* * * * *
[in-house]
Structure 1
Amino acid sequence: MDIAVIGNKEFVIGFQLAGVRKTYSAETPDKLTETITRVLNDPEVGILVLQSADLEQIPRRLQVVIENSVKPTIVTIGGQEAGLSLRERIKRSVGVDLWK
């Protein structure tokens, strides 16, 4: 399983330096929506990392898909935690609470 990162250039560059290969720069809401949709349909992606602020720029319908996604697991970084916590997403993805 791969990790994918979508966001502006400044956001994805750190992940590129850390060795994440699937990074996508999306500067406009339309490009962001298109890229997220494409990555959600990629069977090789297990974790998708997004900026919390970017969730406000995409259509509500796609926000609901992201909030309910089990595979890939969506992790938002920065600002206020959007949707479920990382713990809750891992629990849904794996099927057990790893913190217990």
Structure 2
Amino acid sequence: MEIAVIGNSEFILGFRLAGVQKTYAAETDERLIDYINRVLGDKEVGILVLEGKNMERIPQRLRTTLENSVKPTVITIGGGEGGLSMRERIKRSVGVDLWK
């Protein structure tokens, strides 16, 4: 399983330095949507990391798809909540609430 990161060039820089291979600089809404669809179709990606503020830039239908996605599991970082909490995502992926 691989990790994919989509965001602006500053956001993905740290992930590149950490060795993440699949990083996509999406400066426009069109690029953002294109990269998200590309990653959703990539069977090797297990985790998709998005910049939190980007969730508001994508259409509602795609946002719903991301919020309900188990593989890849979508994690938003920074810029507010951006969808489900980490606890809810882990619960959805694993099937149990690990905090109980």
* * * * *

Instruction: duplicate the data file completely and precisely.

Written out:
[in-house]
Structure 1
Amino acid sequence: MDIAVIGNKEFVIGFQLAGVRKTYSAETPDKLTETITRVLNDPEVGILVLQSADLEQIPRRLQVVIENSVKPTIVTIGGQEAGLSLRERIKRSVGVDLWK
């Protein structure tokens, strides 16, 4: 399983330096929506990392898909935690609470 990162250039560059290969720069809401949709349909992606602020720029319908996604697991970084916590997403993805 791969990790994918979508966001502006400044956001994805750190992940590129850390060795994440699937990074996508999306500067406009339309490009962001298109890229997220494409990555959600990629069977090789297990974790998708997004900026919390970017969730406000995409259509509500796609926000609901992201909030309910089990595979890939969506992790938002920065600002206020959007949707479920990382713990809750891992629990849904794996099927057990790893913190217990």
Structure 2
Amino acid sequence: MEIAVIGNSEFILGFRLAGVQKTYAAETDERLIDYINRVLGDKEVGILVLEGKNMERIPQRLRTTLENSVKPTVITIGGGEGGLSMRERIKRSVGVDLWK
């Protein structure tokens, strides 16, 4: 399983330095949507990391798809909540609430 990161060039820089291979600089809404669809179709990606503020830039239908996605599991970082909490995502992926 691989990790994919989509965001602006500053956001993905740290992930590149950490060795993440699949990083996509999406400066426009069109690029953002294109990269998200590309990653959703990539069977090797297990985790998709998005910049939190980007969730508001994508259409509602795609946002719903991301919020309900188990593989890849979508994690938003920074810029507010951006969808489900980490606890809810882990619960959805694993099937149990690990905090109980």